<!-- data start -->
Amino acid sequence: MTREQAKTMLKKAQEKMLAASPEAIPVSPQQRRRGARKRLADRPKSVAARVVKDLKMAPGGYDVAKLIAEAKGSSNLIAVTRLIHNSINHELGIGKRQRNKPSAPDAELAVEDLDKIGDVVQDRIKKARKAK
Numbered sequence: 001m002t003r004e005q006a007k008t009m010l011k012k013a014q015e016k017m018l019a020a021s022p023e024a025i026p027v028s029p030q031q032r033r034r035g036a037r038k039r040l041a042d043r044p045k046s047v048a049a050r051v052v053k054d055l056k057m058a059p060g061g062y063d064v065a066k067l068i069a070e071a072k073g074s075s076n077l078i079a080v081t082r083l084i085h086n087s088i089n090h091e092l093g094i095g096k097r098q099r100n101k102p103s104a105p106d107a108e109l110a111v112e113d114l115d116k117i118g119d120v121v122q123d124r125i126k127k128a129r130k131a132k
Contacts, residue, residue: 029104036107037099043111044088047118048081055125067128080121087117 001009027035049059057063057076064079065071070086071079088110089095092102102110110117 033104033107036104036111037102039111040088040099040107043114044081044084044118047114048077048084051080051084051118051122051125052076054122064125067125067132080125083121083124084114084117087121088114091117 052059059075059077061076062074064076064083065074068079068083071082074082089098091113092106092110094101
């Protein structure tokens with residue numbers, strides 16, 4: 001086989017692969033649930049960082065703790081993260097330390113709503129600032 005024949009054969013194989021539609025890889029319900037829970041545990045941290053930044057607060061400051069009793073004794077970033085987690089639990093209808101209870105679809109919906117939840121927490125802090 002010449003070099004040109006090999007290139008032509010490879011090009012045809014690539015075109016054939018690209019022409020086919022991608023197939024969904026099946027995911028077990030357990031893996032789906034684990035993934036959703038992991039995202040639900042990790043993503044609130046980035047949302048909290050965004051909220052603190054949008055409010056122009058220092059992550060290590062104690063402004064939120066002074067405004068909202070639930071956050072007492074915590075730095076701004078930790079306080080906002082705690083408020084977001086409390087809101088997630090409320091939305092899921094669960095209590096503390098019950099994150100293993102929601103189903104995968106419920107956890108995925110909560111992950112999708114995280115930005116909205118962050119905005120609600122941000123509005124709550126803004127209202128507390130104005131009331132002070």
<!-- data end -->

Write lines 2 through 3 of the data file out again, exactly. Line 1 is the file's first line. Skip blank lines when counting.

Numbered sequence: 001m002t003r004e005q006a007k008t009m010l011k012k013a014q015e016k017m018l019a020a021s022p023e024a025i026p027v028s029p030q031q032r033r034r035g036a037r038k039r040l041a042d043r044p045k046s047v048a049a050r051v052v053k054d055l056k057m058a059p060g061g062y063d064v065a066k067l068i069a070e071a072k073g074s075s076n077l078i079a080v081t082r083l084i085h086n087s088i089n090h091e092l093g094i095g096k097r098q099r100n101k102p103s104a105p106d107a108e109l110a111v112e113d114l115d116k117i118g119d120v121v122q123d124r125i126k127k128a129r130k131a132k
Contacts, residue, residue: 029104036107037099043111044088047118048081055125067128080121087117 001009027035049059057063057076064079065071070086071079088110089095092102102110110117 033104033107036104036111037102039111040088040099040107043114044081044084044118047114048077048084051080051084051118051122051125052076054122064125067125067132080125083121083124084114084117087121088114091117 052059059075059077061076062074064076064083065074068079068083071082074082089098091113092106092110094101